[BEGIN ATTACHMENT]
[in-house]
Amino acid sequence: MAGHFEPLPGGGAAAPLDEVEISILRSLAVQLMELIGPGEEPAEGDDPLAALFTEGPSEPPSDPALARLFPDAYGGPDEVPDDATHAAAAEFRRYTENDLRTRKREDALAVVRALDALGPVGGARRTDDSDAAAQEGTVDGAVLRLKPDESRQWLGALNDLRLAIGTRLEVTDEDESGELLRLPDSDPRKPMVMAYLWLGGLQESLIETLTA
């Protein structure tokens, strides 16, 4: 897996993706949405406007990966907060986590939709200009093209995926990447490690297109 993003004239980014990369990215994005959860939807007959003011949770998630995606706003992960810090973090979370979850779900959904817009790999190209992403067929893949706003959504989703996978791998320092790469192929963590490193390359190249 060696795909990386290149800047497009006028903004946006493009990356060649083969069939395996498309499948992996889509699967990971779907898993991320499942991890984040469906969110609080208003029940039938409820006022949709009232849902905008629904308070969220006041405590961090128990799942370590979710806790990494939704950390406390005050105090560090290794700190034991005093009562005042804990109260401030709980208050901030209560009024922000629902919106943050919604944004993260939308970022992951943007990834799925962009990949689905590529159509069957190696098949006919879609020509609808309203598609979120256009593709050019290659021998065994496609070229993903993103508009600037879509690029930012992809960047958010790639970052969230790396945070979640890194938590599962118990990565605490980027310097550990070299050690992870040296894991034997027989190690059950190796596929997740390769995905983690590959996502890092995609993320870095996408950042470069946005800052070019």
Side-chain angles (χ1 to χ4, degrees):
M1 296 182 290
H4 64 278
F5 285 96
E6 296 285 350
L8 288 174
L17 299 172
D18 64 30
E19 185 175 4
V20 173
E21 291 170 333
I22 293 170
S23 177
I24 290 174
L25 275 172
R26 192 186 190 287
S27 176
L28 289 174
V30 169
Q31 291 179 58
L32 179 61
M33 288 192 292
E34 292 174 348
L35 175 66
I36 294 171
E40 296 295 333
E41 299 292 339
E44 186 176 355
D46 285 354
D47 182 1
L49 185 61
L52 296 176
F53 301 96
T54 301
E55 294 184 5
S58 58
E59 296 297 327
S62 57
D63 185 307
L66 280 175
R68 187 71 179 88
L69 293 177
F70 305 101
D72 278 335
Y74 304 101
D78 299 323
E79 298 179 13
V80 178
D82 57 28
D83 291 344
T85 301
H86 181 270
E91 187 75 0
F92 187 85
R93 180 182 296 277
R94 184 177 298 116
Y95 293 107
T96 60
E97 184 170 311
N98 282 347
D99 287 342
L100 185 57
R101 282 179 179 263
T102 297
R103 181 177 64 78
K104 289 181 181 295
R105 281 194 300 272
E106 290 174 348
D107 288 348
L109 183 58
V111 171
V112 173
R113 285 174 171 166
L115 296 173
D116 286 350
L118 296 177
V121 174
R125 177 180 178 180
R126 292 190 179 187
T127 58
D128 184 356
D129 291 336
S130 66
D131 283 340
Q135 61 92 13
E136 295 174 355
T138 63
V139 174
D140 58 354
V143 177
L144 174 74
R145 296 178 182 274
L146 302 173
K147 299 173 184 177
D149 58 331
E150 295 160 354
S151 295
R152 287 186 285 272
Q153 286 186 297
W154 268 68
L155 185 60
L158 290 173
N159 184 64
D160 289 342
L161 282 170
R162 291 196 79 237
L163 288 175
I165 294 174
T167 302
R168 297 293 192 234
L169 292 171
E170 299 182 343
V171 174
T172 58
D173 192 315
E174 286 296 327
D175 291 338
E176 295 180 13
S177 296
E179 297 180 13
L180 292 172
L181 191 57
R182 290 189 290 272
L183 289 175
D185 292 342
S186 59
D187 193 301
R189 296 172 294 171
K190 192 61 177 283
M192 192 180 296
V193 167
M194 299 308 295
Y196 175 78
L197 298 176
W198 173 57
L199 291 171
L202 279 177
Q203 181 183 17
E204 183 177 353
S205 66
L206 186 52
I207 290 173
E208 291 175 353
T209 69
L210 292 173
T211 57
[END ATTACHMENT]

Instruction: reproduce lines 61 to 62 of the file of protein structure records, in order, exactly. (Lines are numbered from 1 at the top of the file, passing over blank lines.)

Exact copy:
T96 60
E97 184 170 311